Nursing homes are facilities where many senior citizens in various medical conditions or with cognitive disabilities are treated and cared for in the remaining years of their lives. Many elders, or those 60 and over, are particularly vulnerable to physical and mental abuse from those who are entrusted with their care. Boston nursing home abuse may be more common than statistics indicate since many experts suspect that only 20% of abuse incidents are reported nationwide.

If you have a loved one who is a nursing home resident in the Boston area and suspect the staff is engaging in abusive practices, contact a nursing home abuse lawyer to discuss your legal options. Your suspicions about your loved one being possibly abused can stem from observing obvious signs to the more subtle. Here is a list of the top 8 signs of nursing home abuse that everyone who has a relative in nursing care should be cognizant of and report if found:

  1. Bed sores and skin infections. These signs are obvious and you should check your loved ones body if they are mostly bedridden, recovering from an illness or injury and are unable to communicate their discomfort. Bedsores develop when a person is in one position for too long and infections can result from dirty linen or from failure to treat an open sore or wound.
  2. Bruises on legs and wrists from restraints. Patients who are mentally incapacitated or have certain physical conditions may need bed railings to keep them from falling out of bed, but wrist or ankle restraints are rarely used or justified except in extraordinary circumstances and with the consent and monitoring of medical personnel who should advise the family. Unfortunately, restraints are used by staff as punishment or because a bed with railings is unavailable.
  3. Noticeable change in demeanor or mental status. This can be the result of sedating residents to keep them docile, compliant or asleep most of the time. If your loved one appears frightened or intimidated by staff, you should investigate further since this could indicate bullying by staff. This may be more difficult to notice if the resident suffers from dementia.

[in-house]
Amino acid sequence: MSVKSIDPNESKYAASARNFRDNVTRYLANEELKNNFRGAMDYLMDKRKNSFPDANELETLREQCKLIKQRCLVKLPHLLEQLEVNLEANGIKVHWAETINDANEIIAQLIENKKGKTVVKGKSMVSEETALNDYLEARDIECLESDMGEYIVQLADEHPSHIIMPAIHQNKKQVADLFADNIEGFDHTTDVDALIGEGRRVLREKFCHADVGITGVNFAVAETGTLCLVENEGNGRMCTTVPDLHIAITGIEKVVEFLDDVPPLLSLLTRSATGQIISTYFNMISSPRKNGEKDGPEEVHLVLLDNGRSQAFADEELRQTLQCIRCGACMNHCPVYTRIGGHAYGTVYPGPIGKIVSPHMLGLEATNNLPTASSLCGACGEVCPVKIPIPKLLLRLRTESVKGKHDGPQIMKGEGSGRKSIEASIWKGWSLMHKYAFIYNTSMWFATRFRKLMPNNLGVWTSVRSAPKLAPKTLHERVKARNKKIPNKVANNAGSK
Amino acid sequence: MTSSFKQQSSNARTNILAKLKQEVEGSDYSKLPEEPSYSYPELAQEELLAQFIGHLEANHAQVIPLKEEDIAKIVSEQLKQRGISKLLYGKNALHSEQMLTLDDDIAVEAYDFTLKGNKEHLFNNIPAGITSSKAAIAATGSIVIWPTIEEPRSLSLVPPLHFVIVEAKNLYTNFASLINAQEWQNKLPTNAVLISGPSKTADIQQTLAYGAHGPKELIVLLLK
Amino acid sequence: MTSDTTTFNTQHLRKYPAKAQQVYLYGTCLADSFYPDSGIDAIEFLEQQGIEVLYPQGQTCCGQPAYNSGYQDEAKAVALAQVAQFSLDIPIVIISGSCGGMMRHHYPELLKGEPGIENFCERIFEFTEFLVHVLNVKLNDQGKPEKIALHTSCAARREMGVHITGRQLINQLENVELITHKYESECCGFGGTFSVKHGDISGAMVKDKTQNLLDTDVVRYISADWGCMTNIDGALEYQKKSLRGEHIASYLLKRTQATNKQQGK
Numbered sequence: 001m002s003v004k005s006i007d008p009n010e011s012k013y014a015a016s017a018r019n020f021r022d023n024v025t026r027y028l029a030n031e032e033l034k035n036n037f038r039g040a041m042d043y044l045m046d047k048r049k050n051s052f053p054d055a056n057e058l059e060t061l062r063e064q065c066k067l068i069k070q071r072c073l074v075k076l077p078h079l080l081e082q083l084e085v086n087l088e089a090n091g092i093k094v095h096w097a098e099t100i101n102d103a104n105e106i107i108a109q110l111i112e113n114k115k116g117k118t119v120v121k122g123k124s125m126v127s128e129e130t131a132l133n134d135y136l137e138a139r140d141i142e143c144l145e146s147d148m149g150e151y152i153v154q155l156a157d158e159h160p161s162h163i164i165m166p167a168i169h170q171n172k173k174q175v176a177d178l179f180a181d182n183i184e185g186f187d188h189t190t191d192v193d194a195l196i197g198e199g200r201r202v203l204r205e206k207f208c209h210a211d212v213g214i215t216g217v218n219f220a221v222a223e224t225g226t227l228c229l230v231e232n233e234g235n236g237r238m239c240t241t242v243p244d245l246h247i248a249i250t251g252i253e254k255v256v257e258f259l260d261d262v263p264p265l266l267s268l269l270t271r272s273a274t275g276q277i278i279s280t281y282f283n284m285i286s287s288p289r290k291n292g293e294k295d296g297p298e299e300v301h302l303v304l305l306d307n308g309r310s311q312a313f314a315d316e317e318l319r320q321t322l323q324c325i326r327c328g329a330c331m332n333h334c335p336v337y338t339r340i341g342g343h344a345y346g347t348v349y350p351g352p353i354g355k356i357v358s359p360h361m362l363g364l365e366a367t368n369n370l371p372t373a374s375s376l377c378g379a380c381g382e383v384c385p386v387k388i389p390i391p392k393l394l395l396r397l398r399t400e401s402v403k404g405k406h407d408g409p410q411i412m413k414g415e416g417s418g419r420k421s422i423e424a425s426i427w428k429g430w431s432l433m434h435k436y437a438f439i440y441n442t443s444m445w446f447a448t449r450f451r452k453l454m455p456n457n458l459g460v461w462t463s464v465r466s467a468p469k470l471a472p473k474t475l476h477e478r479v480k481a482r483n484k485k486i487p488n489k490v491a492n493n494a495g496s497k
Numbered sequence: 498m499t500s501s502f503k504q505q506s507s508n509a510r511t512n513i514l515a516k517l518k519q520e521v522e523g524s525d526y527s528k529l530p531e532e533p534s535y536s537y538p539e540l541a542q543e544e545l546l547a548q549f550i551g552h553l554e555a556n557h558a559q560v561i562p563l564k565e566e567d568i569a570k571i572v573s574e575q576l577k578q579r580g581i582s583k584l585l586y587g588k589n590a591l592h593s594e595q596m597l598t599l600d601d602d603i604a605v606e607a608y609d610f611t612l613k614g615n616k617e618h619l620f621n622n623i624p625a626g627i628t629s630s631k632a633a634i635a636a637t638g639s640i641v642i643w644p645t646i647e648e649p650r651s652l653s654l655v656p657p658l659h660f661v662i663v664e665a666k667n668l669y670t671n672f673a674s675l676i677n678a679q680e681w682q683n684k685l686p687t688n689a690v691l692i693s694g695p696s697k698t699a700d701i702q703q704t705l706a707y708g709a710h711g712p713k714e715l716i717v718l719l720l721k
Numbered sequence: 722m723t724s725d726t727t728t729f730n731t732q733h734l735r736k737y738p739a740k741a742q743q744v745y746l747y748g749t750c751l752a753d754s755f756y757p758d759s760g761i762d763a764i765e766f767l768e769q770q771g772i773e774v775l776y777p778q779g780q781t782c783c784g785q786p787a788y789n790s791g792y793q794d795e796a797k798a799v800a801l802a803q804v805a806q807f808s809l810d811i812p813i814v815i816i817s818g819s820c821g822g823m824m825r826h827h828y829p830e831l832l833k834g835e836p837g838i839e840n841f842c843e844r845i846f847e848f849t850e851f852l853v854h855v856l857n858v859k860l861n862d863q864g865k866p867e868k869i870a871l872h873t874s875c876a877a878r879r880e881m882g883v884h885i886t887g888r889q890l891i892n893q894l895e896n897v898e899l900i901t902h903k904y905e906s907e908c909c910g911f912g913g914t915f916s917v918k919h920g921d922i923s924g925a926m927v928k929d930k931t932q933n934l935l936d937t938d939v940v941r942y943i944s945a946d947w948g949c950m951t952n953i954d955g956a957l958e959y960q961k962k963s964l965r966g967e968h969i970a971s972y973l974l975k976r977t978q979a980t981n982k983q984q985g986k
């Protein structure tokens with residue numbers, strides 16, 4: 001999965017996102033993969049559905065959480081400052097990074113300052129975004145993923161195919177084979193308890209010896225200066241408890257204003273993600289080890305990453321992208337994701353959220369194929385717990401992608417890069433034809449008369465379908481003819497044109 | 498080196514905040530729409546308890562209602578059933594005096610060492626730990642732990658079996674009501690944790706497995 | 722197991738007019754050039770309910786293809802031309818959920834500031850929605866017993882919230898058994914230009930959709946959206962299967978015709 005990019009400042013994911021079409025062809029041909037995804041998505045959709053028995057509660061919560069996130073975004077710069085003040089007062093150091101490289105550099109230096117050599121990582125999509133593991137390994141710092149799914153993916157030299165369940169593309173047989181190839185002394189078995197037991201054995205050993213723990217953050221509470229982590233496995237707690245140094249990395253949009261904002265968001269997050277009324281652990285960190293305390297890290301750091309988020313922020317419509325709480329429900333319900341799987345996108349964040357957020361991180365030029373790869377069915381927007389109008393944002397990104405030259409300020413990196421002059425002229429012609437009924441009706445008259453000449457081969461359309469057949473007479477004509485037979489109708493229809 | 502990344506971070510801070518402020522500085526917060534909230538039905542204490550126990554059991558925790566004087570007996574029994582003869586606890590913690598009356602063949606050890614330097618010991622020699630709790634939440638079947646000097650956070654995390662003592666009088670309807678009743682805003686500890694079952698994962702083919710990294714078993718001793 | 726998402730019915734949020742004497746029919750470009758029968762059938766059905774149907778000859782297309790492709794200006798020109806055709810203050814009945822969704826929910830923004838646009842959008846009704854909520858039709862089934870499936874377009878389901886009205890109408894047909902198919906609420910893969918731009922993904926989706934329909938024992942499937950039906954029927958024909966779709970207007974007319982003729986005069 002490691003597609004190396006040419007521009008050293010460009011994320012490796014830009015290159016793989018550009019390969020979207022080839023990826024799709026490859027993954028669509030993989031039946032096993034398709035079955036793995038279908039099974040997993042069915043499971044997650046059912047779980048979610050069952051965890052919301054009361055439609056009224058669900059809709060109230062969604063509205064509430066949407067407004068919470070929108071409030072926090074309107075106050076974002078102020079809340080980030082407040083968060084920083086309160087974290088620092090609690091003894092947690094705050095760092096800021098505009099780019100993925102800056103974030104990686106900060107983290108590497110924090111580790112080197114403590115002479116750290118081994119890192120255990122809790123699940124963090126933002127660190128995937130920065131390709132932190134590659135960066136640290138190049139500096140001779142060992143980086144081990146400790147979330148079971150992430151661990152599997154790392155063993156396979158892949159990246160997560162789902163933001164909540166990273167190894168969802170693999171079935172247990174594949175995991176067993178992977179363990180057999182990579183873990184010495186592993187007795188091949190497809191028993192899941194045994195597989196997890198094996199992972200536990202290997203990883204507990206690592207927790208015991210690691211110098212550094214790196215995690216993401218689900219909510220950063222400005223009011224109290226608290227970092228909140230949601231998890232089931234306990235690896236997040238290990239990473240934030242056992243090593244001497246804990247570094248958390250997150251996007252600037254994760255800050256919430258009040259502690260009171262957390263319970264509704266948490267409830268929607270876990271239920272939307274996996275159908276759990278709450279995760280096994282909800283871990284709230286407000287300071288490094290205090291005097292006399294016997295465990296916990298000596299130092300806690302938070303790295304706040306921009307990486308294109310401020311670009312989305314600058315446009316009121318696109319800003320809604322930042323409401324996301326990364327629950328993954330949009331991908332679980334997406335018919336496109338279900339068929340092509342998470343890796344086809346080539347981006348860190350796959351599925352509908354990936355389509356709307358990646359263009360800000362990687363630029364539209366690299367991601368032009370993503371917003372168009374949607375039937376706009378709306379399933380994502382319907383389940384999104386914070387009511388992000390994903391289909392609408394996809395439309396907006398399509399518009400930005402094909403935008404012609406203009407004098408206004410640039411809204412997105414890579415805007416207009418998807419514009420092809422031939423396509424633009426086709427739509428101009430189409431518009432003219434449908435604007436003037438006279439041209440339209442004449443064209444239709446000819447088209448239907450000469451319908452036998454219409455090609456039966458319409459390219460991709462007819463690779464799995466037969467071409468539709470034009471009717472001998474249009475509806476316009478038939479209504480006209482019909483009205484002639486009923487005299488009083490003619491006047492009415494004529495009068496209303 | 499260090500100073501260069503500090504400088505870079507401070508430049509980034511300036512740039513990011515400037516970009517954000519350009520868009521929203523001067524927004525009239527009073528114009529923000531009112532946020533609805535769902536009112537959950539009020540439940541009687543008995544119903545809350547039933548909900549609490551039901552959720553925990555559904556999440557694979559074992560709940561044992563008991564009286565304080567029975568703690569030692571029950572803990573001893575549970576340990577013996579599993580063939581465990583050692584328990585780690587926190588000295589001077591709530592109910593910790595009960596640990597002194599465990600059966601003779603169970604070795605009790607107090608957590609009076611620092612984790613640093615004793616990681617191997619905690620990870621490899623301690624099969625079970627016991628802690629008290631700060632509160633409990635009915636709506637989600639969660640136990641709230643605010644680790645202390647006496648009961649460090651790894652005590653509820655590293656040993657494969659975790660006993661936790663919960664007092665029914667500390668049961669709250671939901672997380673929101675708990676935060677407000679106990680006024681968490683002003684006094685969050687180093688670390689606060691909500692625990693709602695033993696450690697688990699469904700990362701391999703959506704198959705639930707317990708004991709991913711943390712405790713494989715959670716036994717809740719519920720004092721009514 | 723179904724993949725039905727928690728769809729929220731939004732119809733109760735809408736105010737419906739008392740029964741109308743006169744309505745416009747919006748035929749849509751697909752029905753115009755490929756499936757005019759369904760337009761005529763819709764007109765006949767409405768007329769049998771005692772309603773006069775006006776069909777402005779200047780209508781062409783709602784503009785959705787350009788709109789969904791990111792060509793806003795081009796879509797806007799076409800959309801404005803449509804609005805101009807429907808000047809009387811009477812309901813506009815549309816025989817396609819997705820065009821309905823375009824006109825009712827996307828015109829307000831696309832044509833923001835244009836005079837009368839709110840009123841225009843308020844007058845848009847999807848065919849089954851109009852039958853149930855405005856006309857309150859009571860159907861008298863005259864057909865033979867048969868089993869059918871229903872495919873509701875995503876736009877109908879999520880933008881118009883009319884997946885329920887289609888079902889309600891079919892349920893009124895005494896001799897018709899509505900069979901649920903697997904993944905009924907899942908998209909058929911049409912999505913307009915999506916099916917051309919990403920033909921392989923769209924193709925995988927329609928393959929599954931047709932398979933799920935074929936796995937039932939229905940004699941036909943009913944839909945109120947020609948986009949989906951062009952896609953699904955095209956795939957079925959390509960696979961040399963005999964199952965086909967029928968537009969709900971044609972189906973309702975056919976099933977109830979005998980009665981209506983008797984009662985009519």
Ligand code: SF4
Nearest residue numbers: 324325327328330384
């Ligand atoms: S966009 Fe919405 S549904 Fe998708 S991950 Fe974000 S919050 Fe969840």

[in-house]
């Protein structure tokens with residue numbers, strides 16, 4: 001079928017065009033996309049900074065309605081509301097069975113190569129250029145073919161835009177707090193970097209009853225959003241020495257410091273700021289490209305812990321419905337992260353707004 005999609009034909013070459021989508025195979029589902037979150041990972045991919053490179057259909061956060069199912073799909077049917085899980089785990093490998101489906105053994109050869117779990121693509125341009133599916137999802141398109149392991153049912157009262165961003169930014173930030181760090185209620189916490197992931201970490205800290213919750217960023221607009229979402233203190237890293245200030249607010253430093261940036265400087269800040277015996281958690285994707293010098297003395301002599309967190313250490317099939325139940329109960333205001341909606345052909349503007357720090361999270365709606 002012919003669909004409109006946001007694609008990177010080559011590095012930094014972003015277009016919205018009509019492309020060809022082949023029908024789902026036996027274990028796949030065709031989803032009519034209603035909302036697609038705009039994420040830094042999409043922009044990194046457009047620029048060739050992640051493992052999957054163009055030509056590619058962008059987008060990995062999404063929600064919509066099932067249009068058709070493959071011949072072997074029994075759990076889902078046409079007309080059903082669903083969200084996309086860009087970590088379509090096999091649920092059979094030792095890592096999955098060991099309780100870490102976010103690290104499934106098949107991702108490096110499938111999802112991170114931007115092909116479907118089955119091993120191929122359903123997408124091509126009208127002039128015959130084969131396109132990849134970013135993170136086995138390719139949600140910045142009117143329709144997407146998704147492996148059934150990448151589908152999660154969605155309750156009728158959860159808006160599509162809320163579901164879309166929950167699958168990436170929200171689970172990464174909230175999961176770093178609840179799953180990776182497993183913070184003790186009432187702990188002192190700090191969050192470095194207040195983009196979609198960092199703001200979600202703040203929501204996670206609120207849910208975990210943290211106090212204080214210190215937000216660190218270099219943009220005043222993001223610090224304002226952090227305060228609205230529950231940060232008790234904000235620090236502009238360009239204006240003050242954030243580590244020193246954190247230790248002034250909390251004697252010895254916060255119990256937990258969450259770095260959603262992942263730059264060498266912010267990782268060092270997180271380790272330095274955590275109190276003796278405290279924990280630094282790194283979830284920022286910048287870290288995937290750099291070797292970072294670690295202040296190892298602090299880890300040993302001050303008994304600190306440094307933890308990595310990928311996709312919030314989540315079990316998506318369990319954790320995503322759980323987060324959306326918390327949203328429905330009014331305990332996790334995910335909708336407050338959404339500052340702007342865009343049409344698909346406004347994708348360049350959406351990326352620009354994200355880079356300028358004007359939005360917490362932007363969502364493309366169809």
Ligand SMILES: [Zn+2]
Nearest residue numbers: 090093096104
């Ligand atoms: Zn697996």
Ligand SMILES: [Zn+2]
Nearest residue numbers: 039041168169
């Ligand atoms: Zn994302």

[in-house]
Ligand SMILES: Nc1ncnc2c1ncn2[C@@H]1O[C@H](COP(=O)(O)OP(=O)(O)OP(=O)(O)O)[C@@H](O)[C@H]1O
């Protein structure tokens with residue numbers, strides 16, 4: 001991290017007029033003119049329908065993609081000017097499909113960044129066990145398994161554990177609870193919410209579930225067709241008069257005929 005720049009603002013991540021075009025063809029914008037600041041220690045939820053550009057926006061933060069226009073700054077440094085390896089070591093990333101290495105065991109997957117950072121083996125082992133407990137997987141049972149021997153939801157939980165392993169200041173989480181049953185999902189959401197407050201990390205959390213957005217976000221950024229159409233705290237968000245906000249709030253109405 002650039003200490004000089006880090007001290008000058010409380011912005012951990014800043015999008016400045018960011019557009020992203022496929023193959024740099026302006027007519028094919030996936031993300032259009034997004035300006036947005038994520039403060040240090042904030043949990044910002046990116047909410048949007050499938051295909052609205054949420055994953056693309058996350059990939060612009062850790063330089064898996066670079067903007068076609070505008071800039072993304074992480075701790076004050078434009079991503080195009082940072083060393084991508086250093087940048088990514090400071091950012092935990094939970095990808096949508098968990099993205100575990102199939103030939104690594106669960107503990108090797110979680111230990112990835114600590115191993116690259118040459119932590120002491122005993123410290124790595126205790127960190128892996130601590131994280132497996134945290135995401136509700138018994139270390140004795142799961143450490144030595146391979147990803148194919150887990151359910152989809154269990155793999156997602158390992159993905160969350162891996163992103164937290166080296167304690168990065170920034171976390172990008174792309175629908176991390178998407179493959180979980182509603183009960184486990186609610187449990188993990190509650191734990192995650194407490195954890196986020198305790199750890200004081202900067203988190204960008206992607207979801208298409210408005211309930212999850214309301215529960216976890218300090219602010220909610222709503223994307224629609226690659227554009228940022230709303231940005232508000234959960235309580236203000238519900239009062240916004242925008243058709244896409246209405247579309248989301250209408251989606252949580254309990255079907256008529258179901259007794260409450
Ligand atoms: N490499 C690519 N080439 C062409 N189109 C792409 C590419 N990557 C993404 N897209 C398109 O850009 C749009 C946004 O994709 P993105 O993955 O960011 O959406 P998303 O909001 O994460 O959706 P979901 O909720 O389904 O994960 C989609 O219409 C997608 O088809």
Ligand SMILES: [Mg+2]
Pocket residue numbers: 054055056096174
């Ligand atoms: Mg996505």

4. Malnourishment and dehydration. If you notice your loved one is losing weight, is chronically hungry, is dizzy or has dry mouth and headaches, immediately take steps to have her examined.
  5. Unexplained cuts, bruises and injuries. There should be a record if the resident has cuts or bruises or has suffered an injury. Ask to see your relative’s medical records to see if there is an explanation for what occurred and if you were not advised, why not? You might note inconsistencies among the staff as to what occurred or between a staff member’s explanation and what the record indicates.
  6. Frequent falls. Falls are the most common causes of injuries in nursing homes. Staff should take special precautions for residents who have to use walkers or other assistance. If your loved one has constant falls, then staff is likely not providing adequate attention or protection.
  7. Lack of proper hygiene. You can see physical signs of poor hygiene by noticing your loved one’s teeth or if they have bathed or not. Straggly hair, offensive odors and unwashed clothing are indicators that the resident is being ignored or intentionally mistreated.
  8. Frequent illnesses. If your loved one becomes frequently ill, it could be a sign that he/she is deteriorating from natural causes or from a certain preexisting medical condition. But it can also be from not receiving adequate care or attention. Staff may not be properly administering medications, if at all, or ignoring the resident’s obvious signs of illness.

Understaffing is a major cause of resident abuse in nursing homes and a significant problem in many nursing home facilities. Facilities hire untrained staff, or those with criminal records, to fill positions and overwork them. Consequently, staff members become frustrated, irritated and impatient with residents who may need specific care or who are demanding. In any case, nursing home residents have a right to decent care and to be treated with respect and dignity.

You should be aware of these 8 common signs of nursing home abuse but also ask your loved ones about their care and if their needs are being met. If they have friends in the facility, ask them about the care they are receiving and if they have noticed certain deficiencies or abusive practices by staff.

If your loved one was injured at a nursing home or if any of these signs of abuse are present, consult with attorney Paul Tetzel, a nursing home abuse attorney, who will discuss your concerns with you and advise you on what steps can be taken. Paul Tetzel has long been representing the rights of seniors in nursing home abuse claims and can ensure that your concerns about your loved ones are thoroughly investigated and that they receive the care and compensation to which they are entitled.